Court of Appeal Kills Class Action Settlement

The Court of Appeal was not impressed with a $2 million wage and hour class action settlement. So, it vacated the judgment and sent it back to the trial court for further evaluation.

During a wage and hour class action, the parties conducted discovery, including production of thousands of pages of documents and the depositions of the class members. Then, they attended a mediation for a full day and reached a settlement. As is typical, the parties developed a comprehensive settlement agreement, and the plaintiffs filed a motion for approval of the settlement. About 20 of 2340 class members objected to the settlement. But the trial court found the settlement was reasonable and approved the settlement. The objectors appealed.

On review, the Court of Appeal concluded:

the order approving the settlement must be vacated because the trial court lacked sufficient information to make an informed evaluation of the fairness of the settlement. This was due to the court‟s apparent reliance on counsel‟s evaluation of the class‟s overtime claim as having “absolutely no” value, without regard to the objectors‟ claim that counsel‟s evaluation was based on an allegedly “staggering mistake of law.” While the court need not determine the ultimate legal merit of a claim, it is obliged to determine, at a minimum, whether a legitimate controversy exists on a legal point, so that it has some basis for assessing whether the parties‟ evaluation of the case is within the “ballpark” of reasonableness. We further conclude that the court abused its discretion in finding that the $25,000 enhancements for Clark and Gaines were fair and reasonable, and that it erred in awarding costs greater than the maximum amount specified in the notice given to the class.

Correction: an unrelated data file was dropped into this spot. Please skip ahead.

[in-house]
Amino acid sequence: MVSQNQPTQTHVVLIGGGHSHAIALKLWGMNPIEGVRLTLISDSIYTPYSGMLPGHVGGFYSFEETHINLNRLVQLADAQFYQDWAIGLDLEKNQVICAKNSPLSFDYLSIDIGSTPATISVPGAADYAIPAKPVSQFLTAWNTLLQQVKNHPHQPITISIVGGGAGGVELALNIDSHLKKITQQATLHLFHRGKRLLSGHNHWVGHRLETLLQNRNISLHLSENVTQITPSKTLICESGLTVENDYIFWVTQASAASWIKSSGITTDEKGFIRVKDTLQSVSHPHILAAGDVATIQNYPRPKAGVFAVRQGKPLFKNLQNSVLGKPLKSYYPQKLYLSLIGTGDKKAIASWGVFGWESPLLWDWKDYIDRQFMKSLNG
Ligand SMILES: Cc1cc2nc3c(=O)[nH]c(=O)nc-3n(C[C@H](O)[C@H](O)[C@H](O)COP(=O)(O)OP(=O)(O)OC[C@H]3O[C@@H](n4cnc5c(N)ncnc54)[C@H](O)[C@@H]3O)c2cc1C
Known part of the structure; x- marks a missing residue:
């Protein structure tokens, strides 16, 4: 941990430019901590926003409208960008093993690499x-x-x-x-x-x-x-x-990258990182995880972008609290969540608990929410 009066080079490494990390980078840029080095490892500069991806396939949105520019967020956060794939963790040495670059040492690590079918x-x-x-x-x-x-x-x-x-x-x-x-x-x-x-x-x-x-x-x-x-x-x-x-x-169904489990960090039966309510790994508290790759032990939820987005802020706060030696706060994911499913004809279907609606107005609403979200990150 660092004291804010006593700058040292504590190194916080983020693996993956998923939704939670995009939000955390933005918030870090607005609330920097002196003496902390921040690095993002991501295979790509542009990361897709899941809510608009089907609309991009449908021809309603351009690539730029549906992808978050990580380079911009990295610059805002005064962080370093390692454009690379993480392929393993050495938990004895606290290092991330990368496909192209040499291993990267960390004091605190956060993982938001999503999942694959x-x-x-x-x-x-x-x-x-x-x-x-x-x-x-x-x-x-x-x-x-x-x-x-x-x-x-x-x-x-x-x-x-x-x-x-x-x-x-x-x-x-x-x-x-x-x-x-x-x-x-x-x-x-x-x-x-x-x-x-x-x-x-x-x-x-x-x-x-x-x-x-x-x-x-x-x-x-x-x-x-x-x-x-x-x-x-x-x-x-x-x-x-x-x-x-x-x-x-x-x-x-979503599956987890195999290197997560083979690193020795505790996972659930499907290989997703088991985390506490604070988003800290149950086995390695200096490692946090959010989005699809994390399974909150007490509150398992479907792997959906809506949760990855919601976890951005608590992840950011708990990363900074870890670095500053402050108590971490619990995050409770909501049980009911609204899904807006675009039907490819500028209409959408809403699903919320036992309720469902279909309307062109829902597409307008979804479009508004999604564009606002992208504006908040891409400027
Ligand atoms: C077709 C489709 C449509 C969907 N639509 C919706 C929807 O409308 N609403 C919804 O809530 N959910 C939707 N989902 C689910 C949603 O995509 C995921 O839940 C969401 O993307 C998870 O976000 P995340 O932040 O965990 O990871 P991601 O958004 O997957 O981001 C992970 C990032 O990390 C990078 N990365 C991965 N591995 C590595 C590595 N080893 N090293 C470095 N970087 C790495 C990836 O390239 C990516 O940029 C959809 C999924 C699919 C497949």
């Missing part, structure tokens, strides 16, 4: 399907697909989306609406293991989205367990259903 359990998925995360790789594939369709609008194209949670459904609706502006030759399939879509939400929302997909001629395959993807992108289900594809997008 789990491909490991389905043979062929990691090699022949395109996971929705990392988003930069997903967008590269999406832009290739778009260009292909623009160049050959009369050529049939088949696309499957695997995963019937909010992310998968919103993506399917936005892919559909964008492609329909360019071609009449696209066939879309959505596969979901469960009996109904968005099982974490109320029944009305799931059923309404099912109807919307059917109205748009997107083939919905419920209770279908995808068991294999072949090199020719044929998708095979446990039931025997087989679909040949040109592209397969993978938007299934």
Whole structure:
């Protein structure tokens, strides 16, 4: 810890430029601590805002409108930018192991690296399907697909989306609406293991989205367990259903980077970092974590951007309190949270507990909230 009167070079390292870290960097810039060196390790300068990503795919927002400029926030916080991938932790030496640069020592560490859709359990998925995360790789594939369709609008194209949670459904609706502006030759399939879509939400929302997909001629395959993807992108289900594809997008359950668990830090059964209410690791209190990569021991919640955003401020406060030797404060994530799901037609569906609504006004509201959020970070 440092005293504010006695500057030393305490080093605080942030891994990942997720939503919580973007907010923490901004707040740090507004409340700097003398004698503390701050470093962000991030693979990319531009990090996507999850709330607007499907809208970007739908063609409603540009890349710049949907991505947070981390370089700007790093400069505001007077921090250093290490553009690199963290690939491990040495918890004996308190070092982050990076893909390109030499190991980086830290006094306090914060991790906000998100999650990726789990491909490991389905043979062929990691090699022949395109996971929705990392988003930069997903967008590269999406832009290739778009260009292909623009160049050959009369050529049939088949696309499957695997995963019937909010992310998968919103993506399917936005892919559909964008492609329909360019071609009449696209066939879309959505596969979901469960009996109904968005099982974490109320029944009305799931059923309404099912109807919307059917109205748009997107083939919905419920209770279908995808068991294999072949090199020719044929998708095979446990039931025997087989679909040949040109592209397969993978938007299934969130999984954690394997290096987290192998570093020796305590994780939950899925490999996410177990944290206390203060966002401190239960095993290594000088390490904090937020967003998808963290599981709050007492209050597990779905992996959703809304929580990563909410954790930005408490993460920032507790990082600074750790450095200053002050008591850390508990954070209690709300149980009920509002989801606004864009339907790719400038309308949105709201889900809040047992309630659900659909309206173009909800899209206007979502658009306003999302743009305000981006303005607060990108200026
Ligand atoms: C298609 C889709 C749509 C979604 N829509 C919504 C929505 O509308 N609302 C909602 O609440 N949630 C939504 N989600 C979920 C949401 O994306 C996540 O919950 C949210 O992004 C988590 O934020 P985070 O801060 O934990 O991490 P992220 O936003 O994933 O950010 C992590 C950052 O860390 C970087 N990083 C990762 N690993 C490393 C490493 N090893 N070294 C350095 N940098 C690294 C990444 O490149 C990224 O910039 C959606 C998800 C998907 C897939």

The interesting aspect of this case is that the parties appeared to have made significant efforts to detail their justification for the settlement. The opinion explains the law regarding how courts should evaluate class action settlements, and what the parties are required to do to obtain the court's approval.

The case is Clark v. American Residential Services and the opinion is here.